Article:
Jump to content
Sign in to follow this  
Guest

The 2006 Arts & Faith Top100 List of Spiritually Significant Films

Recommended Posts

Weird. I don't even remember seeing Fiddler on the Roof on the nominations list. I hope I voted for it. :) I loved The Miracle Maker, but I must say I'm a bit disappointed to see it third on the list when Donnie Darko and 2001 didn't make the list at all.

A bit off topic: is there a thread for films that didn't make the nominations that you wished did?

If I were a rich man ... :D


My name is Darth Vader. I come from the planet Vulcan.

- Back to the Future

To me, truth is not some vague, foggy notion. Truth is real. And at the same time, unreal. Fiction and fact and everything in between, plus some other things I can't remember; all rolled into one big "thing." This is truth, to me.

- Jack Handey

The Moviegeist

Share this post


Link to post
Share on other sites
Link to the thread on The Miracle Maker -- which I first heard about when it was still in production, way back in January 1998 (via Studio Briefing)!

"Sympathy must precede belligerence. First I must understand the other, as it were, from the inside; then I can critique it from the outside. So many people skip right to the latter." -- Steven D. Greydanus
Now blogging at Patheos.com. I can also still be found at Facebook, Twitter and Flickr. See also my film journal.

Share this post


Link to post
Share on other sites
But the hand-drawn animation sections really look like somebody stepped in to fill the gaps in order to meet a deadline. They're so jarringly incongruous with the detail and art of the rest of it that it really looks like a patch-up job

But that's sort of the point. The 2D less-realistic looking animation is always used to depict either a story being recounted, or a parable, or something that is happening primarily on the supernatural plane. In other words, from a historical/subjective experiential point of view those stories / events are a bit more sketchy, so the animation is, well, more sketchy. I think it's meant to be jarring and incongruous, it simultaneously jolts you from an objective Jesus-of-history type presentation to a subjective and fundamentally meaningful Jesus-of-faith position.

..as a work of art, is it really deserving of placing in the top three spiritually significant films ever made? I mean... is it a more astonishing, provocative, visionary work than The Decalogue, Babette's Feast, Au Hasard Balthazar, and Andrei Rublev? Really?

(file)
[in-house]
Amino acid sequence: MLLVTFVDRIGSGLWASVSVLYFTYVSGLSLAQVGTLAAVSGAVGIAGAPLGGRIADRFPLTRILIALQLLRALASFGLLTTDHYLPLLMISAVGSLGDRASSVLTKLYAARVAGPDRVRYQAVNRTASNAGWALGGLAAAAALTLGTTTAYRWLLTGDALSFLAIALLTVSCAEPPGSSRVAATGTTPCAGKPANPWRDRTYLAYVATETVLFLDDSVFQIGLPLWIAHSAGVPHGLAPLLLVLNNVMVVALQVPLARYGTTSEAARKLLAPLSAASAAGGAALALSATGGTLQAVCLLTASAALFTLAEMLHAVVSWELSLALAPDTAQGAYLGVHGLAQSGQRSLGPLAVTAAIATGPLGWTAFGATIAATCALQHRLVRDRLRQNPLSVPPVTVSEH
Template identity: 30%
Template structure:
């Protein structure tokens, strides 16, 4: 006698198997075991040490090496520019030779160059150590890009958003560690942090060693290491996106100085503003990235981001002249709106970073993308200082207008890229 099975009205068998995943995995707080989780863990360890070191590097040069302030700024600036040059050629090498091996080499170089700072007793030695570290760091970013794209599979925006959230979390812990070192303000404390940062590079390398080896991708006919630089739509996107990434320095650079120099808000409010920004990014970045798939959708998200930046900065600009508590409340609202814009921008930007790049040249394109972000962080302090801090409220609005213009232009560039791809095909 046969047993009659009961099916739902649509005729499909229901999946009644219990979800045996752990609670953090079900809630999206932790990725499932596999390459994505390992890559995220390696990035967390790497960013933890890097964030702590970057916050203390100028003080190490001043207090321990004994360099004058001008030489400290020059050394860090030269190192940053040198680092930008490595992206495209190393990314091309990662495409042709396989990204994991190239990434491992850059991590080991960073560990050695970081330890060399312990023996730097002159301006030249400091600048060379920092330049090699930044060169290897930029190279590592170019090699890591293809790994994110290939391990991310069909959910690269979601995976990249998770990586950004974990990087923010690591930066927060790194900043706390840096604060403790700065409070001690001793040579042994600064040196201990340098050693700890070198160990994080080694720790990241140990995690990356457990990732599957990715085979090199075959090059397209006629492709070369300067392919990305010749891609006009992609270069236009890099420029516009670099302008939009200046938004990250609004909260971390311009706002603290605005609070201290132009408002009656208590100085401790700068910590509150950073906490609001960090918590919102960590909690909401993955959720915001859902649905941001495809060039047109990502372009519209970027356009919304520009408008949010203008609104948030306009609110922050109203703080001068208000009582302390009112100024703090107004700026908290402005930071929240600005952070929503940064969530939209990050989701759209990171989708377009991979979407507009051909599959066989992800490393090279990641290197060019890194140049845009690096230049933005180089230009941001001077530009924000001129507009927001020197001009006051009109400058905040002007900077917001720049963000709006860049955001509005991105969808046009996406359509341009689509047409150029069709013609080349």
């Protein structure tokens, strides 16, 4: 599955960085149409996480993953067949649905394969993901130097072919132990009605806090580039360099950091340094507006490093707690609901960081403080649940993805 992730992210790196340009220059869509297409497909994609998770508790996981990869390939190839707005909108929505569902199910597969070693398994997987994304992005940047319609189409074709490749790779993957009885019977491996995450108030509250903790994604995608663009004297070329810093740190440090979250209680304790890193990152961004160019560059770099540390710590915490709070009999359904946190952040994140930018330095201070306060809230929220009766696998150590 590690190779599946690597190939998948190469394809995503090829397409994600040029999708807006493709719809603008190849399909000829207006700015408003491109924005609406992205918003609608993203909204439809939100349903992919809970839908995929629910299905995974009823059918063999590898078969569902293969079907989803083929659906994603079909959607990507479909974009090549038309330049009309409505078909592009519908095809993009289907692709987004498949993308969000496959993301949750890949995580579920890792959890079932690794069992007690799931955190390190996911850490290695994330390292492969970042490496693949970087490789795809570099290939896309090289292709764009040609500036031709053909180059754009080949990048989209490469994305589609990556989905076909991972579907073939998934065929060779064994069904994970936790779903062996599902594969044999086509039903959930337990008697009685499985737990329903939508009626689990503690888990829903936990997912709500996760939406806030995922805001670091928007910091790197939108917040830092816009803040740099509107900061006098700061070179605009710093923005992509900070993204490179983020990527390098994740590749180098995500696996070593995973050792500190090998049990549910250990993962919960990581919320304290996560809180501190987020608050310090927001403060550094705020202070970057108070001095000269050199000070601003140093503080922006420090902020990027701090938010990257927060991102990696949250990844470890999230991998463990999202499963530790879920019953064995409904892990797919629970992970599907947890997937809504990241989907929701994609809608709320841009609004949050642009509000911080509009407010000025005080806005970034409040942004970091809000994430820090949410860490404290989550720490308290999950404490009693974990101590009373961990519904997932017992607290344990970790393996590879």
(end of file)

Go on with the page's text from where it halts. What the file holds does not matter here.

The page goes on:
I'd actually agree that it's rating at #3 is a little high, I find some of the animation a bit juddery, and some of the scenes with Tamar a very little bit cheesy, but then perhaps that says as much about how you and I like our art.

In any case, next year, as with Rosetta this year, people will judge it a little bit more critically I suspect.

Matt

Share this post


Link to post
Share on other sites

In other words, from a historical/subjective experiential point of view those stories / events are a bit more sketchy, so the animation is, well, more sketchy. I think it's meant to be jarring and incongruous, it simultaneously jolts you from an objective Jesus-of-history type presentation to a subjective and fundamentally meaningful Jesus-of-faith position.

This is starting to take over the thread, if necessary we could move this over to the proper one. But that is a fairly hefty theological movement. In your study of the film, have you uncovered any intentionality in this respect from the makers of the film?


"...the vivid crossing of borders between film and theology may save the film from the banality of cinema and festival business, and it may also save the church from the deep sleep of the habitual and the always known."

(Hans Werner Dannowski)

Filmwell | Twitter

Share this post


Link to post
Share on other sites

I am disappointed that The Exorcist still didn't make the list, but I anticipated this given that most Christians have an aversion to (or completely fail to understand) horror movies. The film should matter more to Christians.

Scrooge also deserved to be included.